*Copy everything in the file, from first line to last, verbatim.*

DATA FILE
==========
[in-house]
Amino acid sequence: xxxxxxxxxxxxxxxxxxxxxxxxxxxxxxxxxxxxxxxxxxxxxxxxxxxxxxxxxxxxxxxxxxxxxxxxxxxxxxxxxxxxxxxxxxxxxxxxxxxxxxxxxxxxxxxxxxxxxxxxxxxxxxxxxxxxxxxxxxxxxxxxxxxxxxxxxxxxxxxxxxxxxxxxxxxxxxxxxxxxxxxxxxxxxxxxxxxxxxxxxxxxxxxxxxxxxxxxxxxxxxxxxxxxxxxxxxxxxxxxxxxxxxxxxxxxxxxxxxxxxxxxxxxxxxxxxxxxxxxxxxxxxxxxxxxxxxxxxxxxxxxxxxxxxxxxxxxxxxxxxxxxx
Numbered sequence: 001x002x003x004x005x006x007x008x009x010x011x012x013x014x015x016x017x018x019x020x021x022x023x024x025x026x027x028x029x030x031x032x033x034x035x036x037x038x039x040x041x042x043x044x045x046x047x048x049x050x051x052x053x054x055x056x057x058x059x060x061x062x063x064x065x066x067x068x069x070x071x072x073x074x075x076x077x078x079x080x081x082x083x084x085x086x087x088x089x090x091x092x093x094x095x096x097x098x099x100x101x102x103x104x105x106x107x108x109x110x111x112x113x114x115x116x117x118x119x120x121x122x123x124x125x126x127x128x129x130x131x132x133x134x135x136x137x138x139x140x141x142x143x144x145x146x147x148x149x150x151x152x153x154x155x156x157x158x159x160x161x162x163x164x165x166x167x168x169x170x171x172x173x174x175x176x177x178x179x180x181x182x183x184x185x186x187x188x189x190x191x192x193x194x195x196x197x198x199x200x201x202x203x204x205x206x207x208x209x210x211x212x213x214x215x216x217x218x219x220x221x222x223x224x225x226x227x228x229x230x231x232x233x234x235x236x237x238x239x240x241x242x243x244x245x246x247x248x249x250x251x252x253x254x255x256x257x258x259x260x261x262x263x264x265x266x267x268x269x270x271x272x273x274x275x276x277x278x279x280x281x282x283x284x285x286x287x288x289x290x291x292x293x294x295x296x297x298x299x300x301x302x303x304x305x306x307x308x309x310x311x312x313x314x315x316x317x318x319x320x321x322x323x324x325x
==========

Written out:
[in-house]
Amino acid sequence: xxxxxxxxxxxxxxxxxxxxxxxxxxxxxxxxxxxxxxxxxxxxxxxxxxxxxxxxxxxxxxxxxxxxxxxxxxxxxxxxxxxxxxxxxxxxxxxxxxxxxxxxxxxxxxxxxxxxxxxxxxxxxxxxxxxxxxxxxxxxxxxxxxxxxxxxxxxxxxxxxxxxxxxxxxxxxxxxxxxxxxxxxxxxxxxxxxxxxxxxxxxxxxxxxxxxxxxxxxxxxxxxxxxxxxxxxxxxxxxxxxxxxxxxxxxxxxxxxxxxxxxxxxxxxxxxxxxxxxxxxxxxxxxxxxxxxxxxxxxxxxxxxxxxxxxxxxxxxxxxxxxxx
Numbered sequence: 001x002x003x004x005x006x007x008x009x010x011x012x013x014x015x016x017x018x019x020x021x022x023x024x025x026x027x028x029x030x031x032x033x034x035x036x037x038x039x040x041x042x043x044x045x046x047x048x049x050x051x052x053x054x055x056x057x058x059x060x061x062x063x064x065x066x067x068x069x070x071x072x073x074x075x076x077x078x079x080x081x082x083x084x085x086x087x088x089x090x091x092x093x094x095x096x097x098x099x100x101x102x103x104x105x106x107x108x109x110x111x112x113x114x115x116x117x118x119x120x121x122x123x124x125x126x127x128x129x130x131x132x133x134x135x136x137x138x139x140x141x142x143x144x145x146x147x148x149x150x151x152x153x154x155x156x157x158x159x160x161x162x163x164x165x166x167x168x169x170x171x172x173x174x175x176x177x178x179x180x181x182x183x184x185x186x187x188x189x190x191x192x193x194x195x196x197x198x199x200x201x202x203x204x205x206x207x208x209x210x211x212x213x214x215x216x217x218x219x220x221x222x223x224x225x226x227x228x229x230x231x232x233x234x235x236x237x238x239x240x241x242x243x244x245x246x247x248x249x250x251x252x253x254x255x256x257x258x259x260x261x262x263x264x265x266x267x268x269x270x271x272x273x274x275x276x277x278x279x280x281x282x283x284x285x286x287x288x289x290x291x292x293x294x295x296x297x298x299x300x301x302x303x304x305x306x307x308x309x310x311x312x313x314x315x316x317x318x319x320x321x322x323x324x325x